When introducing the Hire Purchase Bill in 1970, the Minister of Justice stated that it was designed to protect the consumer and to inform the consumer ‘as fully and fairly as practicable of what he is agreeing to when he buys an article on hire purchase, and what it is costing him.’ The purpose of disclosure under the 1971 Act was, therefore, substantially the same as the purpose under the 1933 Act: to allow a consumer to become informed of the nature of his or her obligations under the agreement, and of the cost of the transaction. However, neither the 1933 Act nor the 1971 Act yet viewed initial disclosure as a means of encouraging competition in credit markets. Statutes regulating credit transactions in this period contained a number of unresolved problems. For example, there was still an illogical distinction between loan credit and sale credit. Regulation also depended on the nature of the lender or the nature of the transaction, with the consequence that it was possible to avoid regulation by developing innovative transactions or organisations that fell outside the legislative definitions. Further, and this issue went unresolved in New Zealand until the 2003 Act, whilst most statutes were intended as consumer protection instruments, they applied equally to credit transactions entered into by businesses. Legislation was introduced in the United States in the late 1960’s that made a major change to the purpose of disclosure and attempted to deal with some of these problems.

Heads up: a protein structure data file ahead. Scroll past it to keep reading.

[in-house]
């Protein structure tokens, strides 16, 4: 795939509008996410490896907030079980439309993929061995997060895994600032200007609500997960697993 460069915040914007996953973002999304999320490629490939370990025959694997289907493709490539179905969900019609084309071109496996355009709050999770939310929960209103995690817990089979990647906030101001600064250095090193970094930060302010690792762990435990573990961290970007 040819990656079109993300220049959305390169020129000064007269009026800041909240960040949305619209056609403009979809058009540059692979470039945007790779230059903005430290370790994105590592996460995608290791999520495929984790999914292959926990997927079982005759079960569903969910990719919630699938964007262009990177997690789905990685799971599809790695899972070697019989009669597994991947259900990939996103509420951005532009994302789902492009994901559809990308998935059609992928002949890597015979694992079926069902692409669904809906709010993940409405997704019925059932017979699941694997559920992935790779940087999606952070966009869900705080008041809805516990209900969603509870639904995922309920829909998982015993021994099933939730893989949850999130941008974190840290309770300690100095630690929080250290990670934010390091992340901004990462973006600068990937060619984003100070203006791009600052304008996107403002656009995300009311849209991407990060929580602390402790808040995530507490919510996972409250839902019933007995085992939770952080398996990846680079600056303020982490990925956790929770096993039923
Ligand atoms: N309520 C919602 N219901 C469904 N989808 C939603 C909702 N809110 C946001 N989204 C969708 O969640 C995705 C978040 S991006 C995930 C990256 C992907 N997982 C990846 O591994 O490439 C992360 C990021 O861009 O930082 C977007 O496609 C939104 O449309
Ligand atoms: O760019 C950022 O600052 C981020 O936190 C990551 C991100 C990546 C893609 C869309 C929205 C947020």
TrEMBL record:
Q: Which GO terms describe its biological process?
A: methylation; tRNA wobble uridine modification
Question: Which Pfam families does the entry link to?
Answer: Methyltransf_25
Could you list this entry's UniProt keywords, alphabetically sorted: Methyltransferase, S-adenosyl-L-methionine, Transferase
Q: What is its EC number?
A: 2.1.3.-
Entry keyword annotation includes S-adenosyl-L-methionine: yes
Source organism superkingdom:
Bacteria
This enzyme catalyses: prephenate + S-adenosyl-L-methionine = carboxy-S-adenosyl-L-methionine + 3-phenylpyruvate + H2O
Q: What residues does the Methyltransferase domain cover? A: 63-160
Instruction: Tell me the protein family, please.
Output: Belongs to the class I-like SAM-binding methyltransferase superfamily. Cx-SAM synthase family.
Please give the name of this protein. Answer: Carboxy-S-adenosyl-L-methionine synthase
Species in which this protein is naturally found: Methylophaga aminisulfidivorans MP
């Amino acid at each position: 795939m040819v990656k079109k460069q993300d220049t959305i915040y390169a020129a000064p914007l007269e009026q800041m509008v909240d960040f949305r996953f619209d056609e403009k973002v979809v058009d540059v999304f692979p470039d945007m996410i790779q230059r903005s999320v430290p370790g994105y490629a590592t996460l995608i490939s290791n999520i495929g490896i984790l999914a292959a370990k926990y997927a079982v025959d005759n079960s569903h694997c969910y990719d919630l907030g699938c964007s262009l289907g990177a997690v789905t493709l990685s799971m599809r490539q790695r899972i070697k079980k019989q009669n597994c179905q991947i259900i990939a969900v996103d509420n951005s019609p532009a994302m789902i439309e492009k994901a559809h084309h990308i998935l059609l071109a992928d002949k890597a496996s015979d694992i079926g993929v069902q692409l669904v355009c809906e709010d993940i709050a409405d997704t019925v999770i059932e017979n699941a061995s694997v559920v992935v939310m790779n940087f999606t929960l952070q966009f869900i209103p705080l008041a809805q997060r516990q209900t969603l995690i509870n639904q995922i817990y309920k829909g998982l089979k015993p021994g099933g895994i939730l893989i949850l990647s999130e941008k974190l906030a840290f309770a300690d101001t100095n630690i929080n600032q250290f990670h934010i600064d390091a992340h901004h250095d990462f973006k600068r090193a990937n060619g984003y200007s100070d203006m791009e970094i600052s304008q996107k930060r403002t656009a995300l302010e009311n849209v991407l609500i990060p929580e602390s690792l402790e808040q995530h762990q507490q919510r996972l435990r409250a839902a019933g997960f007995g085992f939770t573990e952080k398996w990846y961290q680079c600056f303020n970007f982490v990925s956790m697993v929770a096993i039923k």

On 29 May 1968 the Truth in Lending Act 1968 (US) (‘the 1968 Act’) was passed. It represented a watershed in terms of initial disclosure for credit contracts for a number of reasons. First, credit was defined as the right granted by a creditor to a debtor to defer payment of a debt, or to incur debt and defer its payment. This represented the first step in recognising that the contracts that fell within the credit contract legislation be determined by the substance of the transaction. If credit was provided under the contract, it was subject to the 1968 Act irrespective of the nature of the transaction or the creditor. Whilst the 1968 Act continued the distinction between sale credit and loan credit, the problems experienced previously whereby such transactions attracted different disclosure requirements were reduced. The requirements were contained in the same legislation and were substantially similar. Secondly, the 1968 Act brought about a wholesale change in the purpose of initial disclosure. It was recognised that the best method for protecting consumers was to encourage competition amongst creditors. Competitive markets benefit consumers because uncompetitive credit contracts with excessive interest rates or charges will not survive. Competitive markets encourage price competition amongst creditors which thereby benefits debtors. The declaration of purpose of the 1968 Act reflects this realisation.